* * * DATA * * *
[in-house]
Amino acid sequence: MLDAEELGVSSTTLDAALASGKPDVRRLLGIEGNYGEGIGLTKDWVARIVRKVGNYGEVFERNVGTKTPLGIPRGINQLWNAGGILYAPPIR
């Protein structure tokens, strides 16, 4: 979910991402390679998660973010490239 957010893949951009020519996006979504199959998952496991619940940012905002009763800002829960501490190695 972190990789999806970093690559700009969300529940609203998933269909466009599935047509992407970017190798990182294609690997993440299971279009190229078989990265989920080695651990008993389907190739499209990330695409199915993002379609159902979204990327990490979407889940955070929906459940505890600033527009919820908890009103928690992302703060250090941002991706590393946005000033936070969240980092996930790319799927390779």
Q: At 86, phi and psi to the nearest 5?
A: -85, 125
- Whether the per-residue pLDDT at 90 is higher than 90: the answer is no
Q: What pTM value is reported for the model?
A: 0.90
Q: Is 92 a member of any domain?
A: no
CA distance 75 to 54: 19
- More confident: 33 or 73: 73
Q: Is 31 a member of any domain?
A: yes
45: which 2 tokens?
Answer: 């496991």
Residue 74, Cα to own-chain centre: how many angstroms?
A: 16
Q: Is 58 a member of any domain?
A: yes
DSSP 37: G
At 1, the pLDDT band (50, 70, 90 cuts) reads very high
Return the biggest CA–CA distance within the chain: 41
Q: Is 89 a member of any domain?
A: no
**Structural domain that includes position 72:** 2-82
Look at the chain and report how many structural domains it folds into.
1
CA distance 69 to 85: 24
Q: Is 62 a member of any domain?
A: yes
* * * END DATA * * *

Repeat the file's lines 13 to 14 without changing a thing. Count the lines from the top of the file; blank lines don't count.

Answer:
Q: Is 31 a member of any domain?
A: yes